This is part of the Cool Down With Agatha Christie summer extravaganza. Three participants in today’s discussion will win a copy of next month’s readalong book, Ordeal by Innocence, as well as an Agatha Christie mystery prize pack. Next month we will be reading Ordeal by Innocence, if you would like to join us, please sign up on the Google form.
The beginning of the newly released edition of And Then There Were None begins with an Author’s Note which is really a section on And Then There Were None from Agatha Christie’s autobiography that is simply fascinating:
I had written this book because it was so difficult to do that the idea had fascinated me. Ten people had to die without it becoming ridiculous or the murderer being obvious. I wrote the book after a tremendous amount of planning, and I was pleased with what I had made of it. It was clear, straightforward, baffling, and yet had a perfectly reasonable explanation; in fact it had to have an epilogue in order to explain it. It was well received and reviewed, but the person who was really pleased with it was myself, for I knew better than any critic how difficult it had been.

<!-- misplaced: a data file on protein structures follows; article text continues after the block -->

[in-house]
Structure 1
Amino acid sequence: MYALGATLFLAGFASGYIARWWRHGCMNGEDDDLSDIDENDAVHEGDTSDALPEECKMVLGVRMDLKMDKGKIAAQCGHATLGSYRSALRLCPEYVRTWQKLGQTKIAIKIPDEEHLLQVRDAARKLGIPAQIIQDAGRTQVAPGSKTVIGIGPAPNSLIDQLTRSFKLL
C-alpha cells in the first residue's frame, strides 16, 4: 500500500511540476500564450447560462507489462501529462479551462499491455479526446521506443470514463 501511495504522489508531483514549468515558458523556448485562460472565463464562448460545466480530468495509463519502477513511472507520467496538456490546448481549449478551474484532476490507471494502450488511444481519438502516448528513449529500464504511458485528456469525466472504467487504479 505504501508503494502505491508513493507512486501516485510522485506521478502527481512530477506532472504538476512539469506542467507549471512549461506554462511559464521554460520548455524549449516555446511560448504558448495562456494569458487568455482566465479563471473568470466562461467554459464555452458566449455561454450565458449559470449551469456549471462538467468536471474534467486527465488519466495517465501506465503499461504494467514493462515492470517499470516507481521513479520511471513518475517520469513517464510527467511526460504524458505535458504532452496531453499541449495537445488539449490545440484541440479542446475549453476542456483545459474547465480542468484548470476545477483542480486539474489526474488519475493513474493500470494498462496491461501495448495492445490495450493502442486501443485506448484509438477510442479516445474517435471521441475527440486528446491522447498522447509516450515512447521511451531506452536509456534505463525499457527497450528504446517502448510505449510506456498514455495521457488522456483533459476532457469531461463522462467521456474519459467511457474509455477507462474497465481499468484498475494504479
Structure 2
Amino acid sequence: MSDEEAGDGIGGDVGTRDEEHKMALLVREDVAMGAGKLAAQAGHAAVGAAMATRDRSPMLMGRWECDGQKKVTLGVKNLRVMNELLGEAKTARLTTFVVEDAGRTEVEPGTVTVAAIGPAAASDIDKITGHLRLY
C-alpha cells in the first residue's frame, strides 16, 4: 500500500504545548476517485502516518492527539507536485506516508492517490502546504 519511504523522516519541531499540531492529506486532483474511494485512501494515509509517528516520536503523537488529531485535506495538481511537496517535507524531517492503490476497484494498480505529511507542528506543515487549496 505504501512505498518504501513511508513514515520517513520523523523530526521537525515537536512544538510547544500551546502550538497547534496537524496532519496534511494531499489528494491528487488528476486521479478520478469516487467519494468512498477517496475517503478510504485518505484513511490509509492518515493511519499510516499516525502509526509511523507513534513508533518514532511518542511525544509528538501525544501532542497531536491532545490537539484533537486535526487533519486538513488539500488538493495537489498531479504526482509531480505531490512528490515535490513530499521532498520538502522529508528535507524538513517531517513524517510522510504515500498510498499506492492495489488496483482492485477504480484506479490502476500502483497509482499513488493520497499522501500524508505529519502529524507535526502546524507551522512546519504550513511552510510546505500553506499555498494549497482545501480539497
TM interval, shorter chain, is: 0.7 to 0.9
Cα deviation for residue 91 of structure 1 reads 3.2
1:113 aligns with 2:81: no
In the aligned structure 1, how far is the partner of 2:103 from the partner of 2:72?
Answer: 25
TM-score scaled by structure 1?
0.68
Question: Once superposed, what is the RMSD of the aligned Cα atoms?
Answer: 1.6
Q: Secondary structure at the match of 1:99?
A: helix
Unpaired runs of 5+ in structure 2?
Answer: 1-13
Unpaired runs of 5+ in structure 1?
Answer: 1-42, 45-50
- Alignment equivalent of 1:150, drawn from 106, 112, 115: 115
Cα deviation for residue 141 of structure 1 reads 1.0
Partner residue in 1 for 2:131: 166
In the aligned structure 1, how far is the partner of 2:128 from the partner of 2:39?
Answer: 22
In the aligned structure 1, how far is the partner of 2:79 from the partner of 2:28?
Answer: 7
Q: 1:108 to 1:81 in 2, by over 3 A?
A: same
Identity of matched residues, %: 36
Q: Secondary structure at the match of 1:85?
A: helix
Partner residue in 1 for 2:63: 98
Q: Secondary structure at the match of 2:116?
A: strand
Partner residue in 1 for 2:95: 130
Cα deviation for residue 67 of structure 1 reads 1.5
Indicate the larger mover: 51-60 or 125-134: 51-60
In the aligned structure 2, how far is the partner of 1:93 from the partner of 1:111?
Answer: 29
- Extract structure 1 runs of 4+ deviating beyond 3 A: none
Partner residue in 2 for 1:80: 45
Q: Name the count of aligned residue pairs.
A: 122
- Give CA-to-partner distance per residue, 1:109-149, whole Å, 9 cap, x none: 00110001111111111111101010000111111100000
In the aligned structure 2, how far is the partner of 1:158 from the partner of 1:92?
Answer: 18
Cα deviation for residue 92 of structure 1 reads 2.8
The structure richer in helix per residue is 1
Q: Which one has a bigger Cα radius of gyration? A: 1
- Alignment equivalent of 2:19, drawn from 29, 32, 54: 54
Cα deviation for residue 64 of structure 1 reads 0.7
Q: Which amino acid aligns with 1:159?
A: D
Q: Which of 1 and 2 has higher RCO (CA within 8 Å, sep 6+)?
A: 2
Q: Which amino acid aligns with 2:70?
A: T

- What were your general impressions of the book?
- And Then You Were None is probably one of Christie’s most famous works, and almost certainly her best-known standalone. Was this your first experience with this book? If so, was it on your radar before this? If not, how did it hold up on the reread?
- As Christie referenced in her autobiography, And Then There Were None is perhaps the ultimate in locked door mysteries. Did you have any idea who the culprit was or how he or she manufactured the crime? Who did you initially suspect, and did that change as the book progressed?
- Even though I had read this before and remembered the basic outline – and before long even the murderer – And Then There Were None terrified me in a way that none of Christie’s other books have. Did you find it particularly frightening? What about it lends itself to palpable fear (if, indeed, you believe it does)?
- What was your opinion of the use of the device of the epilogue to solve the murder, when nobody else was able to do so?